Singer/songwriter Jim James has stepped away from My Morning Jacket for the moment, and will soon hit the road in support of his new solo release, Eternally Even. Gearing up for that tour, James stopped by New York City radio station WFUV for an in-studio solo session. James plays songs and chats with host Alisa Ali during the half hour-long appearance, bringing his new protest music to light in the process.You can now listen to the full WFUV session, which was recorded last week, in the stream below.
Oxford, Oh.— Attorneys with Alliance Defending Freedom filed a federal lawsuit to reverse a school administration decision at Miami University to shut down a pro-life display.Since 2015, Students for Life of Miami University of Ohio, Hamilton, has regularly conducted its Cemetery of the Innocents display on the campus’s Central Quad. The display features small crosses placed in the ground to commemorate the lives lost to abortion, along with an explanatory sign.In October, Students for Life President Ellen Wittman e-mailed a university official to request approval to hold the display once again. The official responded by saying that the group could conduct the display only if it placed signs around campus warning people about its content. She justified this warning sign requirement by saying she feared that the pro-life display might cause “emotional trauma” for those who might view it and because she wanted to help them “better protect and manage their emotional reactions to the display.” Additionally, she offered to meet with the group to discuss “less harmful” ways of expressing its pro-life views.“No university official has the authority to censor student speech simply because of how someone might respond to it,” said ADF Legal Counsel Travis Barham. “Like all government officials, public university administrators have an obligation to respect students’ free speech rights. The First Amendment secures the freedom of all students to participate in the marketplace of ideas, and it prohibits university officials from imposing trigger warnings that restrict what some students can say to spare the feelings of others.”The university’s speech code gives administrators broad powers to grant or deny exhibits on campus. Students must request a permit seven days in advance, explain the message and/or purpose and to let officials edit the exhibit as they see fit.The lawsuit-Students for Life at Miami University of Ohio, Hamilton v. Trustees of Miami University of Ohio, seeks to point out the importance of teaching the full meaning of First Amendment to the next generation of leaders, legislators and judges.“The unnecessary obstacles students experienced at Miami University of Ohio in Hamilton sadly is all too common on campuses across the country,” said Students for Life President Kristan Hawkins. “Students peacefully trying to hold an exhibit that inspires conversation with fellow students about their love and concern for preborn infants and their mothers should be protected.”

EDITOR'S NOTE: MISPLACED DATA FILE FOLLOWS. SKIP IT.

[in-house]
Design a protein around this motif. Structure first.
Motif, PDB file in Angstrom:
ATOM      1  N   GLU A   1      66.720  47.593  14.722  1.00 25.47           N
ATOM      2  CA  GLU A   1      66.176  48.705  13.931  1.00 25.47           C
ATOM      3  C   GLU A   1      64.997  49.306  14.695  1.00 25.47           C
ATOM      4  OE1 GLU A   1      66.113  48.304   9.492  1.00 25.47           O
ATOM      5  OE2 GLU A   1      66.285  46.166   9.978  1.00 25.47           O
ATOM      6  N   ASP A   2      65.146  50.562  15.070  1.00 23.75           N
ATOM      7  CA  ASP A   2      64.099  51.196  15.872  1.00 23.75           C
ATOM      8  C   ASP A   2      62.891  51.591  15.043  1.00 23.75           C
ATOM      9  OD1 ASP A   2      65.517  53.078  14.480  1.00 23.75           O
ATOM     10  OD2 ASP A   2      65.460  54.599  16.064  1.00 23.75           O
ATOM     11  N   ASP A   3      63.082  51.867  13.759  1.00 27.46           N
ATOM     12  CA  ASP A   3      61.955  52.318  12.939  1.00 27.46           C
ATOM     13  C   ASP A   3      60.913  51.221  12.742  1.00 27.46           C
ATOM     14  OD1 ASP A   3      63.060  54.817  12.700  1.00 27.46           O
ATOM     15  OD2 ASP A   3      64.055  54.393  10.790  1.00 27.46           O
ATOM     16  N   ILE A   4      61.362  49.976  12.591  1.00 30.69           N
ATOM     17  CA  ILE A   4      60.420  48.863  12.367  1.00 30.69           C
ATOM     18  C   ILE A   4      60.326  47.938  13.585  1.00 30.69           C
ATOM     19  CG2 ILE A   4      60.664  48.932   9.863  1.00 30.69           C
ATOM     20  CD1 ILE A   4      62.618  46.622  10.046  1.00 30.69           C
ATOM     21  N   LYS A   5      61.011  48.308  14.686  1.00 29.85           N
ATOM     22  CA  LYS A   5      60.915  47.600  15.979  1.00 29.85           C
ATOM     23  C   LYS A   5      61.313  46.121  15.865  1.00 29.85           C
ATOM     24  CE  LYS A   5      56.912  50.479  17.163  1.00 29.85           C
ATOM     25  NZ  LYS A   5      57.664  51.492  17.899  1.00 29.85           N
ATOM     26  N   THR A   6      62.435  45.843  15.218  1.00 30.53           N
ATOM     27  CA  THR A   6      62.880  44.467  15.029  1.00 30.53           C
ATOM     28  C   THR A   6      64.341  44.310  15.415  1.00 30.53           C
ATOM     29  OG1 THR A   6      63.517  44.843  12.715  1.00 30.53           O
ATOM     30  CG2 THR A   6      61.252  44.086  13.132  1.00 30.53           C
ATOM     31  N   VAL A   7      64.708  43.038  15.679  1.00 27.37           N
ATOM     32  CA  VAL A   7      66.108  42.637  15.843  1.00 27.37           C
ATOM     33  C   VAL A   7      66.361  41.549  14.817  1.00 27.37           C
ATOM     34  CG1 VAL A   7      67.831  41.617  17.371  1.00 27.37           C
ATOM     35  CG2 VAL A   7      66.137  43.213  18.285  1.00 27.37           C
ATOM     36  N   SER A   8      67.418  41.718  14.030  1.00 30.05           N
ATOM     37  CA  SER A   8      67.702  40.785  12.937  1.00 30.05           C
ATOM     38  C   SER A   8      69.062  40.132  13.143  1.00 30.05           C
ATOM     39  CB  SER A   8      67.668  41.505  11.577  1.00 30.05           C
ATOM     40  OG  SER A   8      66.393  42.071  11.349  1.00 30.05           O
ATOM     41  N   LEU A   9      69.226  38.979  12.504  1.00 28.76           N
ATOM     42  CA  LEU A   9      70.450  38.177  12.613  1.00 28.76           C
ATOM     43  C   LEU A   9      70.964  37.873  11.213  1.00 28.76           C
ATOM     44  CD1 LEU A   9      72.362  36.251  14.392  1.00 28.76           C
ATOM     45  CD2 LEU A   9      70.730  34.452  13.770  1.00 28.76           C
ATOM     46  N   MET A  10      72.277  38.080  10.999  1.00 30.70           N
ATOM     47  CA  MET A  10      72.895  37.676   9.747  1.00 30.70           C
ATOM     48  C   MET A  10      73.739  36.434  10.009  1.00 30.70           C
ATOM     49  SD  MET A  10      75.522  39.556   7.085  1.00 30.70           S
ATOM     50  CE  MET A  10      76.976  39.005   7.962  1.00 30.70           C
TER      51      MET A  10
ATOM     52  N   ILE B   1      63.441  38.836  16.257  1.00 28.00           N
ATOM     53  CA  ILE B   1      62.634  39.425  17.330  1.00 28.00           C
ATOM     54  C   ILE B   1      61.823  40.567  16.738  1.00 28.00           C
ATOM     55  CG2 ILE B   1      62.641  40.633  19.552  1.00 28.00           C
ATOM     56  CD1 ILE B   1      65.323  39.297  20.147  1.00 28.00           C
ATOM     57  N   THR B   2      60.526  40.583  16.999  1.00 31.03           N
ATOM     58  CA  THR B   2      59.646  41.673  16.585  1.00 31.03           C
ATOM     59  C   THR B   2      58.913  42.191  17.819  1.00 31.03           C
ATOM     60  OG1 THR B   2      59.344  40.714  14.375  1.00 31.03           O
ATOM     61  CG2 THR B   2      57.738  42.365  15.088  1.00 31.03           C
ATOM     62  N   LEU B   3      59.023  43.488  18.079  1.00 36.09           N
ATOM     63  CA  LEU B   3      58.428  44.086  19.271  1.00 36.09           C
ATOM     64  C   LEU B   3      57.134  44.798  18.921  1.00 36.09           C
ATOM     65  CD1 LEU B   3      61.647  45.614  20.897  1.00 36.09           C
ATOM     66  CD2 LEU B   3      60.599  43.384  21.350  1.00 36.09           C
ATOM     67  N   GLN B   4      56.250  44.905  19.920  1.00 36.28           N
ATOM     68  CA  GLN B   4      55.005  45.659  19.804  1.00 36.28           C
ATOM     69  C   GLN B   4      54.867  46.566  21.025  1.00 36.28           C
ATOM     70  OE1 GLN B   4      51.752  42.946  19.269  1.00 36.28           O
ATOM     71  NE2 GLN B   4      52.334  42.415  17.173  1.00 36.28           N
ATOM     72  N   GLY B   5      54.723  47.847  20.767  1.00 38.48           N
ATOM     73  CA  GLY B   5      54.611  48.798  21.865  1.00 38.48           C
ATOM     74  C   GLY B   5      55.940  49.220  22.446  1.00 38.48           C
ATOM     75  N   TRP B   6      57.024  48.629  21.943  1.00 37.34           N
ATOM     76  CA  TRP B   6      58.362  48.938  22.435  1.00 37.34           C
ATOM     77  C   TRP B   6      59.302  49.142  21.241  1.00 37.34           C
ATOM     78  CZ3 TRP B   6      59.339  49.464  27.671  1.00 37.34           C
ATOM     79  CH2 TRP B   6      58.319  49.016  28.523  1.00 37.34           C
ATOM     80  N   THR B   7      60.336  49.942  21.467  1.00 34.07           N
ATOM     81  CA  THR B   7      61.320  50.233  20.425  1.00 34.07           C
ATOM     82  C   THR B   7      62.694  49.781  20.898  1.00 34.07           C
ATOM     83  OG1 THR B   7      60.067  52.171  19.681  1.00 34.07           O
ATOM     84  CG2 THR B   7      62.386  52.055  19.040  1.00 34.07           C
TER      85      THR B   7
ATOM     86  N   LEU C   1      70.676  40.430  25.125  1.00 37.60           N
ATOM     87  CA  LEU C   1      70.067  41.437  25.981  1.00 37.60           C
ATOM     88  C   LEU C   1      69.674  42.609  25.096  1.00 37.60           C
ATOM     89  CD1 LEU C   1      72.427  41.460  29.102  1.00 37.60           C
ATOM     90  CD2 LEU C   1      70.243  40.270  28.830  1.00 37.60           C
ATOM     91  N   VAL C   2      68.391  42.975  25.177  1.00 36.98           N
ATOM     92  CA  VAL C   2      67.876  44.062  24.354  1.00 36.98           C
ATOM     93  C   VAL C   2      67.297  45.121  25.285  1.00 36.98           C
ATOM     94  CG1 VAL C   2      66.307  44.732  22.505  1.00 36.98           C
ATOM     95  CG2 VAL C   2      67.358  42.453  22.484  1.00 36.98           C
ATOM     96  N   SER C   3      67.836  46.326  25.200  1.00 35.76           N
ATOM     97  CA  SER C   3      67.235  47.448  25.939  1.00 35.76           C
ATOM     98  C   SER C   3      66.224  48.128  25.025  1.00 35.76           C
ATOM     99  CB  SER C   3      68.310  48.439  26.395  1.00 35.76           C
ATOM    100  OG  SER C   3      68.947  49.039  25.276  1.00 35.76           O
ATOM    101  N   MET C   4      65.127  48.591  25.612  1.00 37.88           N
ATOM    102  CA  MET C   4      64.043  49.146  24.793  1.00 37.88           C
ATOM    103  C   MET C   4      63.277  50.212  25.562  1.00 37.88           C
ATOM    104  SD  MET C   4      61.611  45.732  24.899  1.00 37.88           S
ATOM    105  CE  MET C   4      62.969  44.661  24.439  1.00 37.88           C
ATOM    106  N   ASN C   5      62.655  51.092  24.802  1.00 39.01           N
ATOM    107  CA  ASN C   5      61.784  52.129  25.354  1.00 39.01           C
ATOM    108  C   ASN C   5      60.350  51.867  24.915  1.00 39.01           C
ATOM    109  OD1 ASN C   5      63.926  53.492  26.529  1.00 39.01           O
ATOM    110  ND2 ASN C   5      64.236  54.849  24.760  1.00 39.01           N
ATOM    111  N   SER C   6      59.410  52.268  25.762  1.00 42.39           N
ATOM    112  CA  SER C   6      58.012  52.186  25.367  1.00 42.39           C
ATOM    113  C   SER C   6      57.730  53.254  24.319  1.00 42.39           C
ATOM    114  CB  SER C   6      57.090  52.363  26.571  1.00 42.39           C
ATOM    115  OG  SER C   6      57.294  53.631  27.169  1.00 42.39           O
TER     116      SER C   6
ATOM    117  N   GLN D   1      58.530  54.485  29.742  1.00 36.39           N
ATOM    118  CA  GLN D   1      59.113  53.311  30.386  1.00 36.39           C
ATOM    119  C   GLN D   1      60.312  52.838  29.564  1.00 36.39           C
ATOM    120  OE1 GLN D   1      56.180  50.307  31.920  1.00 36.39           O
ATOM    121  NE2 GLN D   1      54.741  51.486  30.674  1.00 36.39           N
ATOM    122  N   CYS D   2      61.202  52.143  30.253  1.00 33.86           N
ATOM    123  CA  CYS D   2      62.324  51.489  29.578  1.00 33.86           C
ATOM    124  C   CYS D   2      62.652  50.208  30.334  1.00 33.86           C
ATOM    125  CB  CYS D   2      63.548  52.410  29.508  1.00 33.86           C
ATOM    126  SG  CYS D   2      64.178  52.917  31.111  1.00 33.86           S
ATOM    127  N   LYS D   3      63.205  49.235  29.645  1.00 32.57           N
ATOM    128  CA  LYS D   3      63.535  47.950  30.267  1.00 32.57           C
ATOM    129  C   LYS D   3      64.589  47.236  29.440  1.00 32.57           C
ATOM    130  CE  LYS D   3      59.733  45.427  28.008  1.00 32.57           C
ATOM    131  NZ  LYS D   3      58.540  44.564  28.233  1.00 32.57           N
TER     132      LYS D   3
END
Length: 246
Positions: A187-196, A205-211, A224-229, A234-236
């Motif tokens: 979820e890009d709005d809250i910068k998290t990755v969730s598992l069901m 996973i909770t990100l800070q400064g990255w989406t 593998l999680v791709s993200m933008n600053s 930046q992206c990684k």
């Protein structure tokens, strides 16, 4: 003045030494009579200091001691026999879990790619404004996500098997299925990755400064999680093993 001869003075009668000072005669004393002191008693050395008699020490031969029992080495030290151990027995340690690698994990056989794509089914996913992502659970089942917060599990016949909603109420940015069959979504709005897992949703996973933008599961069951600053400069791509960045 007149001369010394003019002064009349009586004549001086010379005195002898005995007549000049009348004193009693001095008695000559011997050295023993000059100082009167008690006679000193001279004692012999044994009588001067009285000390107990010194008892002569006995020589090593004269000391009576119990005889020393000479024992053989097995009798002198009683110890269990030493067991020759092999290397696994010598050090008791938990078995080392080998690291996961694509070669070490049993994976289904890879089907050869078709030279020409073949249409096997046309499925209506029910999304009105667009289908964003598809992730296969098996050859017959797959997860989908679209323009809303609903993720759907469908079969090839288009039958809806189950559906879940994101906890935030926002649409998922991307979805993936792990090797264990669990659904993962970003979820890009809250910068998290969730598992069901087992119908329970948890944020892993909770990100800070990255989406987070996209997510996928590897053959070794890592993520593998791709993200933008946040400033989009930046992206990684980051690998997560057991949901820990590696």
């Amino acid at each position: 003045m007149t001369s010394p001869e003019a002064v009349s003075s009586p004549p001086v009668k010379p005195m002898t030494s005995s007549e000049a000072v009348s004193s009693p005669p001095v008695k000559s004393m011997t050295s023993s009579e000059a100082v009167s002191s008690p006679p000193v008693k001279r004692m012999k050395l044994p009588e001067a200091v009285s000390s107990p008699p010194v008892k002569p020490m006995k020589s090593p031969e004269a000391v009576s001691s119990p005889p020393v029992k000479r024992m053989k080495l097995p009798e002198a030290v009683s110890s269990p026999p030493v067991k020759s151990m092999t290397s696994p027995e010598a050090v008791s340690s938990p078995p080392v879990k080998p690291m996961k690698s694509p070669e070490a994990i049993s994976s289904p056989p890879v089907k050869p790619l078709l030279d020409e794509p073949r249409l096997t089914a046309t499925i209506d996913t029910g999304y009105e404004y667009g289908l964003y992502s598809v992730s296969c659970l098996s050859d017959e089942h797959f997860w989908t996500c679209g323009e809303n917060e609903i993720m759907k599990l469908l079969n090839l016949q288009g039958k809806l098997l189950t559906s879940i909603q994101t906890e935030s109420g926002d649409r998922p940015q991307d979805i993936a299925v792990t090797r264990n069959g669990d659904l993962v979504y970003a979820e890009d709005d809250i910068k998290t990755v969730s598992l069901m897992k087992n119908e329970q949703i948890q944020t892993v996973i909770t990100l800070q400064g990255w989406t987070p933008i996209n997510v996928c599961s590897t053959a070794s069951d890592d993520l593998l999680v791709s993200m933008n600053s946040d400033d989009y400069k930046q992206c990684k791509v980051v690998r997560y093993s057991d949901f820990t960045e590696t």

ERIN KEEFFE/Herald photoIn dominating fashion, the Wisconsin men’s soccer team (7-10-0, 1-4-0 Big Ten) defeated in-state rival UW-Green Bay (8-9-0, 3-4-0 Horizon) by a score of 3-0 Wednesday night in its final home match of the season at the McClimon Soccer Complex.Despite suffering a goal-scoring drought earlier in the season when it tallied only one strike in five games, the team has rallied back as of late, scoring 13 goals in its past five matches.”It feels great for us to come away with a good win and score some goals,” head coach Jeff Rohrman said. “In the last five games, we’ve been able to put two or three goals in, so it’s been great for the guys to see that we can get over that hump and we can put the ball in the net. I’m really happy for that.”Wisconsin took a very early lead in only the second minute of play following a beautiful through ball by sophomore Christopher Ede into the path of a streaking Victor Diaz. Instead of taking a shot, Diaz unselfishly threaded the needle into junior William Bagayoko’s run, who calmly buried his shot into the left side of the goal.Just 10 minutes later, the Badgers went up 2-0 on the Phoenix with a ripped shot by Diaz from 20 yards out into the lower-left corner of the net. Assisting on the goal was Ede again, bringing his total on the season to three. Diaz’s strike brought his team-leading goal tally to six on the year.”Victor was feeling it tonight,” Rohrman said of the Spaniard’s performance. “He was hitting the ball well, and he was showing great vision on his part. He was also showing some selfless play by playing it back across for William for the first goal. Victor had great composure finishing [his goal] off and played well for us tonight.”UW-Green Bay’s best chance in the first half came in the fifth minute, when there was a miscommunication between Wisconsin defender Aaron Hohlbein and Badger goalkeeper Jake Settle. As Hohlbein tried to head the ball back to Settle, the ball floated over Settle’s head, glazing the post before going out of bounds for a corner kick.In the second half, the Badgers started off strong again, with Bagayoko grabbing his second goal of the match following some cheeky ball movement by his teammates. After Diaz sent a slicing pass to Erik Ortega, the sophomore laid the ball off to Bagayoko, who slotted it through the outstretched hands of UW-GB keeper Adam Stikl into the back of the net.”My mind pretty much just went blank,” Bagayoko said of his goals. “I was in good position for both [goals] — in both of them, the ball was coming to my right foot, so I just put it up and put it in.”After losing 2-0 to UW-Milwaukee a month ago, Wisconsin has since enjoyed a pair of 3-0 victories against Marquette University and UW-Green Bay in the remainder of its in-state matches.”It feels good to win in your state,” Bagayoko said. “We had a slip-up against UW-M and that was unfortunate, but to get good results against Marquette and UW-Green Bay is good for us.”Though Wisconsin was out-shot 11 to 10 and had two fewer corner kicks than UW-Green Bay, the Badgers made the most out of their opportunities by peppering the Phoenix goal and converting their chances. “Our play was OK tonight,” Rohrman said. “Thank goodness that we were efficient with our chances — we had 10 shots, and nine were on goal. In terms of quality of play, it was just an average night for us, but we made the most of our shots. We got them on goal and did well finishing them.”Wisconsin closes out its Big Ten season and regular season next Sunday against Northwestern before heading to the Big Ten tournament Nov. 10.